The plan was to use a walkway that goes in behind Mt Somers and climb same. The first hour away from a damp and shady car park was straight up it seemed! We muttered about French Ridge similarities as we struggled with tree roots, while adjusting clothing to meet the demands of mid winter's day.

Before too long we'd reached a nifty little knob that gave the first glimpses of the amazing rock of this area [basalt in columns] and we hunkered down out of a chill wind to admire some cruising bellbirds while we wondered if we'd reach Pinnacles Hut before dark [we were map-less, but otherwise felt over equipped in the warmth].

The track then got down to business as it ducked in and out of an unpalatable series of shady gorges that harboured the occasional and exposed [as in one could slip/fall to a nasty end] ice covered rock. The up and down nature of the route was not quite enough to annoy, yet made me sweat as we wandered into an increasingly spectacular landscape of rock cliffs.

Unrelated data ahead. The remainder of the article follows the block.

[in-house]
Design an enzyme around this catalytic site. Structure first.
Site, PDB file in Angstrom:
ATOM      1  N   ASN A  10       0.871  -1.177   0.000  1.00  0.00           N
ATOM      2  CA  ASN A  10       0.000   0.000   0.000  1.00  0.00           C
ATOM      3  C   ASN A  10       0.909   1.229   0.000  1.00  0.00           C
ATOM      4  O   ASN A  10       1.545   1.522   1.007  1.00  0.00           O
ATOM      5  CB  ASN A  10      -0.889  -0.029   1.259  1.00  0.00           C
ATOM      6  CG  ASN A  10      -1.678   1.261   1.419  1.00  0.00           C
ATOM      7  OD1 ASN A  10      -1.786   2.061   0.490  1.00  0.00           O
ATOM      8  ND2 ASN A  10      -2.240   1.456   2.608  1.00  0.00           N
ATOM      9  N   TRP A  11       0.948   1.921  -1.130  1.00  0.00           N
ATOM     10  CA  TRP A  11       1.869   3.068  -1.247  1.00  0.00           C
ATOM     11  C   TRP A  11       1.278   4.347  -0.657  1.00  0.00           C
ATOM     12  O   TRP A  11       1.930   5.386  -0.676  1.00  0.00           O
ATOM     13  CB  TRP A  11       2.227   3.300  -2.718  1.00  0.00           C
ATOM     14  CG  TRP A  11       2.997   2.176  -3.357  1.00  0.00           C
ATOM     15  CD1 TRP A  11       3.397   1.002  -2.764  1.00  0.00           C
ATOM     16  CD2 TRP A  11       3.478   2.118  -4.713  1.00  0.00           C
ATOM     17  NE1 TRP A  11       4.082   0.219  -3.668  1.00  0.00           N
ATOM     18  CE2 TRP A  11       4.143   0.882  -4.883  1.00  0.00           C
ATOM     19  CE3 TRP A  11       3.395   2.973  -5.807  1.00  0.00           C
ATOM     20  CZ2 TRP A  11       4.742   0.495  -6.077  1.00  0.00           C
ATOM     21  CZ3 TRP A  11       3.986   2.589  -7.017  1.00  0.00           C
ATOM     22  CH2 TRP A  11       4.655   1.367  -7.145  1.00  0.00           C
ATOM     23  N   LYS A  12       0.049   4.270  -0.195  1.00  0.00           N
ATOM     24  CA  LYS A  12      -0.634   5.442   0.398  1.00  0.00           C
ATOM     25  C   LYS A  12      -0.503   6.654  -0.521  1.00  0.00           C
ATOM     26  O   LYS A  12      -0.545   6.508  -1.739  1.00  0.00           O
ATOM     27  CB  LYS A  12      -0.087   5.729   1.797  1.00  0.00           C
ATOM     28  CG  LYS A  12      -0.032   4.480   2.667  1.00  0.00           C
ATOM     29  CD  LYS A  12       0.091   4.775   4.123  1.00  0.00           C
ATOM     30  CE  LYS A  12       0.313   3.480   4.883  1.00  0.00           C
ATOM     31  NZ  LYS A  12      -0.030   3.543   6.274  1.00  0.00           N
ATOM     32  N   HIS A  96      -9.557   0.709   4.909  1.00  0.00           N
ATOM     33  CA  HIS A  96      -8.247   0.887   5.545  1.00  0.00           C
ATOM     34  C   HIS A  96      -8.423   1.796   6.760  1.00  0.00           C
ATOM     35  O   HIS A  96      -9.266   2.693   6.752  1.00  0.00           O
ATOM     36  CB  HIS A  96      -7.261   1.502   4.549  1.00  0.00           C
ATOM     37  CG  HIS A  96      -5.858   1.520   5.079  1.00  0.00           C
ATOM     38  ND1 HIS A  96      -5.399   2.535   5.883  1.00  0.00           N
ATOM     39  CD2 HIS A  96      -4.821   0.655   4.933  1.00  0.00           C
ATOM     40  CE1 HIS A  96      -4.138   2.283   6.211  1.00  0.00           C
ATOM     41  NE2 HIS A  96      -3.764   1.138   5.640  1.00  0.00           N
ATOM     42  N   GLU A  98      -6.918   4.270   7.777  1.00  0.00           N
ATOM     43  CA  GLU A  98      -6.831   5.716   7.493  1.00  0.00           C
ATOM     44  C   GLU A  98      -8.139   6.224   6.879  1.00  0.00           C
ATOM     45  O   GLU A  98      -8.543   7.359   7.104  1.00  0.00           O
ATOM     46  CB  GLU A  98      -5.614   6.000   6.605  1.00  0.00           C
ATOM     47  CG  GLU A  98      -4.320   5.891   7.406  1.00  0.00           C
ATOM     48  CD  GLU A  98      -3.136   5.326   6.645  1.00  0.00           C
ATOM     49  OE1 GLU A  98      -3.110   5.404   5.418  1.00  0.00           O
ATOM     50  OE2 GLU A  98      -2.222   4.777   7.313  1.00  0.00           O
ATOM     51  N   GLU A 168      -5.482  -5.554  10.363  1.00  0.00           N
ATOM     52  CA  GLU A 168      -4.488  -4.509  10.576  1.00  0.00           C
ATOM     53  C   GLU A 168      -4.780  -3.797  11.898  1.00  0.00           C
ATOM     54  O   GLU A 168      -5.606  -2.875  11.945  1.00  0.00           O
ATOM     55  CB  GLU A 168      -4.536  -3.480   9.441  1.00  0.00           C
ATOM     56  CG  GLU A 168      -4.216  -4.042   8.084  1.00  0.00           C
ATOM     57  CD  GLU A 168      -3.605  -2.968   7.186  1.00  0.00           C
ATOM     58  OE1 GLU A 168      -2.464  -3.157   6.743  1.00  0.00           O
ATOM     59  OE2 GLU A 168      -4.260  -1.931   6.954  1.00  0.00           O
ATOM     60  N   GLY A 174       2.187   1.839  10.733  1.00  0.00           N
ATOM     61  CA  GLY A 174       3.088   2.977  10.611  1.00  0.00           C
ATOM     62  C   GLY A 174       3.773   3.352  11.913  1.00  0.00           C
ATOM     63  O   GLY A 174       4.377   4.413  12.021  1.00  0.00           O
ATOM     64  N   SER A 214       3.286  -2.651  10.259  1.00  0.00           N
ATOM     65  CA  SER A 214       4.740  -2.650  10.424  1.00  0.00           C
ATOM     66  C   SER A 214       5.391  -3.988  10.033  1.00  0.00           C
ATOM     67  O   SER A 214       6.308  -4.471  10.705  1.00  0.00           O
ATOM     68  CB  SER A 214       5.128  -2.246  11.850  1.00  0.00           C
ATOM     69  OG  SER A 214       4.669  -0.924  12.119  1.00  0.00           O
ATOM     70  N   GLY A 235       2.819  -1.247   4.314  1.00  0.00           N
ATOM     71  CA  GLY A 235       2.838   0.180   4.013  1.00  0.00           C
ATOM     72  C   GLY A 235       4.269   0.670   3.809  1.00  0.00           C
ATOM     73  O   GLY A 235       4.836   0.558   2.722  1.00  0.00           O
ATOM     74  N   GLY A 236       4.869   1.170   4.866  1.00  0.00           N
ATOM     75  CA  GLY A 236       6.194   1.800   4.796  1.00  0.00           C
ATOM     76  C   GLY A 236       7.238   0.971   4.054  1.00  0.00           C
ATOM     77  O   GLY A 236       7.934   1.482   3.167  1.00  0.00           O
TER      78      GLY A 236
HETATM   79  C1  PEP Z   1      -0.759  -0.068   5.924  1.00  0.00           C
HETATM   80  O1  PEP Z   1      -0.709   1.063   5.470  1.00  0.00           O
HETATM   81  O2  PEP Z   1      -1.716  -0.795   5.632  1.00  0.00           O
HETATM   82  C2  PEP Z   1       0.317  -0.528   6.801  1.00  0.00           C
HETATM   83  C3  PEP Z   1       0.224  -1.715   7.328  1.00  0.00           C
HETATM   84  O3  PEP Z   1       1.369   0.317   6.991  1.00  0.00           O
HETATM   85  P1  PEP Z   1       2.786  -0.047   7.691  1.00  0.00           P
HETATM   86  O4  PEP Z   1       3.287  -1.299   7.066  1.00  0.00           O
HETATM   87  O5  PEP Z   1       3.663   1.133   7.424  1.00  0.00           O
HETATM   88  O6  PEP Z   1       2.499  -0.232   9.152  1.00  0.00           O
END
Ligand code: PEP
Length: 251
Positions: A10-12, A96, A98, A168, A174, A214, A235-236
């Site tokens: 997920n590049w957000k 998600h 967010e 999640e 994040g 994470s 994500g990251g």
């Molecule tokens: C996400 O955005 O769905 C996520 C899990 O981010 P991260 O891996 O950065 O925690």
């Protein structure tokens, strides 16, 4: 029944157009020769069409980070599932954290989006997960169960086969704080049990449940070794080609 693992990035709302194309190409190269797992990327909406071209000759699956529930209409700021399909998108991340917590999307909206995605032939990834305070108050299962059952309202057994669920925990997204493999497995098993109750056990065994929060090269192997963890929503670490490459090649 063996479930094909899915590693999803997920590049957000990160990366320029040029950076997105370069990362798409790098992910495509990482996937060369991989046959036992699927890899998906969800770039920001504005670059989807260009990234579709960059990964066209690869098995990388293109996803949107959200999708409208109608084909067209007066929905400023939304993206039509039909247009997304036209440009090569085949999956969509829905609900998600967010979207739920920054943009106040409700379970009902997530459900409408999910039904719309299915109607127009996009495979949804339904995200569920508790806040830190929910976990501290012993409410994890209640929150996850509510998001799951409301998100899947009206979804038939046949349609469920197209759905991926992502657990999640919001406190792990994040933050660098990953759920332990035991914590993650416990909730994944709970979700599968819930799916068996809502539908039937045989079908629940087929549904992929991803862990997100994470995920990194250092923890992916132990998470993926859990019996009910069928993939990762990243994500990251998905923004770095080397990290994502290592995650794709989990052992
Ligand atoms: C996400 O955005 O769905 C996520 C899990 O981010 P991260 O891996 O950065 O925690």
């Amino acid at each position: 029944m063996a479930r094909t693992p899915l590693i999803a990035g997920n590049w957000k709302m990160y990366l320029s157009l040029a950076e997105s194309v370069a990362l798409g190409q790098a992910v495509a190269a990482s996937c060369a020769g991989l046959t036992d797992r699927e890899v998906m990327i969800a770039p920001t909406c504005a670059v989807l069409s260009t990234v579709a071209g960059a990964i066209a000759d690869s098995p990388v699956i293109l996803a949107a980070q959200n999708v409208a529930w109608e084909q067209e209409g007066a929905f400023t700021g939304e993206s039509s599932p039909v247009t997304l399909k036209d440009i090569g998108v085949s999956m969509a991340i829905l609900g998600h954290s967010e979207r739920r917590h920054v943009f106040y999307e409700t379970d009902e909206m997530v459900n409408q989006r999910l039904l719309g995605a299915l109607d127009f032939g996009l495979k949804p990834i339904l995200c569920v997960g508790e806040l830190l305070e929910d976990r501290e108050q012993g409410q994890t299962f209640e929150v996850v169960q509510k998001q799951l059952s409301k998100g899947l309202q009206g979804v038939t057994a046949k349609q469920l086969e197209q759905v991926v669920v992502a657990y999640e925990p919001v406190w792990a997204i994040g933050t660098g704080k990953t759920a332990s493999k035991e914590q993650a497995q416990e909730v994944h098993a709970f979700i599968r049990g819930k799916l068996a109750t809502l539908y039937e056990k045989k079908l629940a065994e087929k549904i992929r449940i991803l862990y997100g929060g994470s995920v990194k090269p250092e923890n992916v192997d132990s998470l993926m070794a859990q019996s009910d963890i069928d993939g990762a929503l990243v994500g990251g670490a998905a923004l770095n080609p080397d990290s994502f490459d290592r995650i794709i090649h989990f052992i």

We got to the hut just before dark and then had to endure several young folk partying. They left us the next day however, and a quarter of a bottle of rum richer while we sat out a pit-day of light rain.

At 5 pm it decided to snow all night. A meagre supply of wet firewood allowed us to enjoy 10 degrees in the hut, while outside it was zero, and as long as we had a rum this was where we sat until bed and watched the snow flakes fairly plummet down. By 11 pm the radio aerial had collapsed and we'd made the acquaintance of the resident possum.

Next day the front had departed and we cleared the snow laden branches to the long-drop toilet as a precursor to the real thing - we'd decided "no gorge for us with all it's slippery connotations" we'd go over the pass, as the unknown seemed much preferable to gloomy gorges complete with snow covered icy rock! And so we did, after we'd devised a technique to find the track: feeling it through your boots as we knocked laden branches ahead to avoid cold showers of snow down our necks.